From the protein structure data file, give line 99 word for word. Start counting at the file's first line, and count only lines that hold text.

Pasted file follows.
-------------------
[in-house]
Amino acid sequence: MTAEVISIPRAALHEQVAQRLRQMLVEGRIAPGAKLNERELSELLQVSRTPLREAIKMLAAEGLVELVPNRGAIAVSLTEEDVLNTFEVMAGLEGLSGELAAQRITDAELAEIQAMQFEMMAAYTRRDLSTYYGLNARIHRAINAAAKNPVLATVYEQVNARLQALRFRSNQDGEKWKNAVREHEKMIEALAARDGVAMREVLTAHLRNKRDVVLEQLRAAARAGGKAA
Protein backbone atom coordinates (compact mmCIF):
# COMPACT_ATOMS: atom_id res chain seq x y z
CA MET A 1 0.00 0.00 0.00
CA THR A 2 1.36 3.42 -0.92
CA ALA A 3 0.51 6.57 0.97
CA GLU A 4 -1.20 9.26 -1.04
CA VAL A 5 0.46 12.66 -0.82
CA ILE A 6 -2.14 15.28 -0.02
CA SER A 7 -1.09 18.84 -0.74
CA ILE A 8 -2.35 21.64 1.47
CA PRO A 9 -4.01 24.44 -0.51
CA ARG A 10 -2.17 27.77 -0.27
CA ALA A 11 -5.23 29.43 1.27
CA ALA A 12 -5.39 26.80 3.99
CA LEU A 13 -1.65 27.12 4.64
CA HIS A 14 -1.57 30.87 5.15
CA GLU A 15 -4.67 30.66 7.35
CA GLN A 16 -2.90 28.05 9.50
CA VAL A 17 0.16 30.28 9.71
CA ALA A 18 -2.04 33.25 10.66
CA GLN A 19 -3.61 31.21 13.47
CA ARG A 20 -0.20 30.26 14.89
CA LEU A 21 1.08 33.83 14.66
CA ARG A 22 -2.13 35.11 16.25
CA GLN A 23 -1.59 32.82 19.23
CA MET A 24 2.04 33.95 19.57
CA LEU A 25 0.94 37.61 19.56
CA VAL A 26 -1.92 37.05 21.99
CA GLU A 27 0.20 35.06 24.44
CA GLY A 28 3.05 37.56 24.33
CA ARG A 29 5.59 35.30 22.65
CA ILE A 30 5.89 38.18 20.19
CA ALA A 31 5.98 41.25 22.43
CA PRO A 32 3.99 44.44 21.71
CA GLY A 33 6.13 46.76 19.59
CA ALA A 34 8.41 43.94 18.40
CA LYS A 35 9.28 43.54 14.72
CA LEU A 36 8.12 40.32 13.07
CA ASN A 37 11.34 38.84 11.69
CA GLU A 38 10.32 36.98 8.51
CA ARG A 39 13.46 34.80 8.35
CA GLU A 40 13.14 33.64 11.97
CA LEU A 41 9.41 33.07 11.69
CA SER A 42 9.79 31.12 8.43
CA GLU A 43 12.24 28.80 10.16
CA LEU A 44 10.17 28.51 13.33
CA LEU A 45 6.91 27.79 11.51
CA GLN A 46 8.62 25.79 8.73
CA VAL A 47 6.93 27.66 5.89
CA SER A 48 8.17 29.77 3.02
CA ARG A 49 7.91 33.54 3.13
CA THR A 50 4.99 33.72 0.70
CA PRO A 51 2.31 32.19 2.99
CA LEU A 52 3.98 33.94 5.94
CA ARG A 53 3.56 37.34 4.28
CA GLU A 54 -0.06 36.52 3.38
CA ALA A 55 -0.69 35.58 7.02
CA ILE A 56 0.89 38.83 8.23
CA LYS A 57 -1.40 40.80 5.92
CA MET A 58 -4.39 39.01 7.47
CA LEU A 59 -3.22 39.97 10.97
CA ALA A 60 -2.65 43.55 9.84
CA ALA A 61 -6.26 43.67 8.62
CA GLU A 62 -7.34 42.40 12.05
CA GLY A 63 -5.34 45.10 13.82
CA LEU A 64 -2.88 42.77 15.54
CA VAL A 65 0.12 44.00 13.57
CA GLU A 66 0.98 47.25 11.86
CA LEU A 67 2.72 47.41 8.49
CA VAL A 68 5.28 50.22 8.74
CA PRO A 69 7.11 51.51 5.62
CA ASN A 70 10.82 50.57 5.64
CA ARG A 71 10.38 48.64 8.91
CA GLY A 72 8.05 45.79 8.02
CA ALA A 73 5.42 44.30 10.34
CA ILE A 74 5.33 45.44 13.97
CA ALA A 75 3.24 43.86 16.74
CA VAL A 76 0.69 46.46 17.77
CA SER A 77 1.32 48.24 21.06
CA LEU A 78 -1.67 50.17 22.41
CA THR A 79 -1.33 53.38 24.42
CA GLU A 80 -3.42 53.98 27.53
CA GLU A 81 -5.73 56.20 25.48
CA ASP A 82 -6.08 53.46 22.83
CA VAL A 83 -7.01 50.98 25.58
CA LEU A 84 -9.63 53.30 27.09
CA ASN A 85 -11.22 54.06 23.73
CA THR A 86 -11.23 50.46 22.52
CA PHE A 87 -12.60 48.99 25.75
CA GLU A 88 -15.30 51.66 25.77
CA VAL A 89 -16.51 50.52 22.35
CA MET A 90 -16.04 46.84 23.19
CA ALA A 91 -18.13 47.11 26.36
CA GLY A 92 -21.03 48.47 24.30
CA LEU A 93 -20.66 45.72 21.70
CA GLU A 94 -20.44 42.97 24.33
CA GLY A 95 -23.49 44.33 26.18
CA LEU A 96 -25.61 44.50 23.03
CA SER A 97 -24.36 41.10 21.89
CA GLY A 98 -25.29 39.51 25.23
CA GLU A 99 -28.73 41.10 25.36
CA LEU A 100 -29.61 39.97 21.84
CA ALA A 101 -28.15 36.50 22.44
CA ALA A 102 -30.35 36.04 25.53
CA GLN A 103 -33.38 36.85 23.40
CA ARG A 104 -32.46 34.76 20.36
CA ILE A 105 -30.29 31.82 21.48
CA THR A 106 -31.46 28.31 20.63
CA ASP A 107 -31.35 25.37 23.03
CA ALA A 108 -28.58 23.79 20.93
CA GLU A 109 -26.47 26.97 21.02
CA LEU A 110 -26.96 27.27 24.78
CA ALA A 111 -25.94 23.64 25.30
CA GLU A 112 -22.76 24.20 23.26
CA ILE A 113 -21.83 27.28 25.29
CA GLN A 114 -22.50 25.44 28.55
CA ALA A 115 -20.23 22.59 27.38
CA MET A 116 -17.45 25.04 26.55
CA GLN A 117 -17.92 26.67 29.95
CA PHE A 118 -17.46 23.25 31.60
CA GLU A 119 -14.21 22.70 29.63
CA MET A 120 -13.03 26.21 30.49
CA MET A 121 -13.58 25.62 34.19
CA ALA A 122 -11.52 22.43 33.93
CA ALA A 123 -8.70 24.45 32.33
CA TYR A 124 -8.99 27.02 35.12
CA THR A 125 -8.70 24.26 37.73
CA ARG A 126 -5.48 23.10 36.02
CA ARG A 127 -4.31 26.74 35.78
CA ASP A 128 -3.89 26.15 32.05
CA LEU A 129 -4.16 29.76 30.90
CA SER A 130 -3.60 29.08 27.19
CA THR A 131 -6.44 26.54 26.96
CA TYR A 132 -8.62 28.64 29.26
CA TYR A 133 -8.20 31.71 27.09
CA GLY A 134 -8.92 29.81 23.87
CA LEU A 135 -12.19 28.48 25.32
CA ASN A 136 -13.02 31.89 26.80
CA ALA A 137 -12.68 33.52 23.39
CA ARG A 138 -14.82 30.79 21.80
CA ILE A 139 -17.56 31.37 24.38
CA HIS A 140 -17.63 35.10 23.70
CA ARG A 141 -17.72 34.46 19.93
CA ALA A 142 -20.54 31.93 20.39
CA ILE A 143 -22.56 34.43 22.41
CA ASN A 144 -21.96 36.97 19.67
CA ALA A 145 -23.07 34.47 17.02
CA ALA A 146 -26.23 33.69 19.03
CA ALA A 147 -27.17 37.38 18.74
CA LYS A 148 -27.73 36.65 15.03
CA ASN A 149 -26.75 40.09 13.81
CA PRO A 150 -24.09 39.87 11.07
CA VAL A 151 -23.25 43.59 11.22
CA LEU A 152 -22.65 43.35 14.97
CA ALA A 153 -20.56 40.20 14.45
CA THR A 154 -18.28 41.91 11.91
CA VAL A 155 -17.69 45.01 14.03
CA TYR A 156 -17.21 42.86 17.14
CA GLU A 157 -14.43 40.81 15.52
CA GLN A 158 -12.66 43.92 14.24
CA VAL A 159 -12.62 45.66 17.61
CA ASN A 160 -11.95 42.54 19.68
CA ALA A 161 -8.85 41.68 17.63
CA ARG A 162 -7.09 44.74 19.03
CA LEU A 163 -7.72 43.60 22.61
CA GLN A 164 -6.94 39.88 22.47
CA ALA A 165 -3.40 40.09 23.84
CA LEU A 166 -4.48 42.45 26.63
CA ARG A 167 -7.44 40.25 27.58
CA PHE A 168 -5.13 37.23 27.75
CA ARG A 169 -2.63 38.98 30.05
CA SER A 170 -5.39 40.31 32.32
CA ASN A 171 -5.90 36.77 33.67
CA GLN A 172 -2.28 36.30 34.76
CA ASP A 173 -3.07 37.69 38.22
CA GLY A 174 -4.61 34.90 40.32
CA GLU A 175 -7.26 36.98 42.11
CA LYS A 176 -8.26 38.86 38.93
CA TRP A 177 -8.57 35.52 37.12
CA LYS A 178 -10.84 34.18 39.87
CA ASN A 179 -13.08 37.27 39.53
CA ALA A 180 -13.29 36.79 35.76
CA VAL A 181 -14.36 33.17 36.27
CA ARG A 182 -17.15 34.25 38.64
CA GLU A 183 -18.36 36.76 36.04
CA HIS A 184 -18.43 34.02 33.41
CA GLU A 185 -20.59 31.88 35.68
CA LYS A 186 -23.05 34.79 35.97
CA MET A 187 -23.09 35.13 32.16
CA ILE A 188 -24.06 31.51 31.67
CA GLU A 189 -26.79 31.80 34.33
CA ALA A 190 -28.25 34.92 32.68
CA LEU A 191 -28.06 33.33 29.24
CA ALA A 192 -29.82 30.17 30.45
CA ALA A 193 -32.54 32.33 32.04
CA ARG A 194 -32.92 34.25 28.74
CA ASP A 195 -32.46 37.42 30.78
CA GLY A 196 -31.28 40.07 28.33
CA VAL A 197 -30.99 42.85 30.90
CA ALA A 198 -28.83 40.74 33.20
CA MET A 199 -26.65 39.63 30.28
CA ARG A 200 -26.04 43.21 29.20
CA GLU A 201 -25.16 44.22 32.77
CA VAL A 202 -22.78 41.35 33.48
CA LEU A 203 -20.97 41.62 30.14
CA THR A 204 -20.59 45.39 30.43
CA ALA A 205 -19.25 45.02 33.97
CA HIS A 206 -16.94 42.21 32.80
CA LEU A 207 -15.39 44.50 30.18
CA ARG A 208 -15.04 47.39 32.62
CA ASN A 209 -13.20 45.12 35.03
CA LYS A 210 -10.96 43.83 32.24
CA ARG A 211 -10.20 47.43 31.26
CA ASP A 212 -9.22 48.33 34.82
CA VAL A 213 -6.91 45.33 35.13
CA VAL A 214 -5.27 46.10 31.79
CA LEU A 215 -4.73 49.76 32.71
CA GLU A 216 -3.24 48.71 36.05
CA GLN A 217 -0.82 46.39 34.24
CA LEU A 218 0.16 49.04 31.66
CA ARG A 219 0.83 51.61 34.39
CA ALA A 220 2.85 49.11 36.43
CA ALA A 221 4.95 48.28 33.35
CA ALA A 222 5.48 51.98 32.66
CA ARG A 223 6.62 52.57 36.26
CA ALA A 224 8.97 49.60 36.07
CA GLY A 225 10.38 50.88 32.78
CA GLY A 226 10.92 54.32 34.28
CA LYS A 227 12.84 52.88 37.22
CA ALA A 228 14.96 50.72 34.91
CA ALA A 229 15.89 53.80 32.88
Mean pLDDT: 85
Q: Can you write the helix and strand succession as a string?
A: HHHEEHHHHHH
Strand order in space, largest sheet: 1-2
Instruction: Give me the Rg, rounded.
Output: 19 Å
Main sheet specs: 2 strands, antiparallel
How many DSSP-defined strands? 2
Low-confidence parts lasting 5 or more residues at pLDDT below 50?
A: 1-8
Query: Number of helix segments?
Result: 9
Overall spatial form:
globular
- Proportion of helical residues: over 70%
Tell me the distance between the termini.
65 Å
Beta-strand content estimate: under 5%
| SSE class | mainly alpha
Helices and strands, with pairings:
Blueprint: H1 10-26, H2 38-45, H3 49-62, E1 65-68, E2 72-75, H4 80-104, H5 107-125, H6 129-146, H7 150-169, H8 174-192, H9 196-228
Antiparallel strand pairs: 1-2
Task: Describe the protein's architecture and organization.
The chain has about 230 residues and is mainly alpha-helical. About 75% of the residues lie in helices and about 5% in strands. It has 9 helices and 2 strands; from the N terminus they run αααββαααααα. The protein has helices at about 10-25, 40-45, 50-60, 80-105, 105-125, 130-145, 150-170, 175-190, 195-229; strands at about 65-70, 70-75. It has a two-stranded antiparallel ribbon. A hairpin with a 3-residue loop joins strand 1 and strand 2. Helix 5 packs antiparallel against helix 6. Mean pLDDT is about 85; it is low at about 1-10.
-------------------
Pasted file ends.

CA GLY A 95 -23.49 44.33 26.18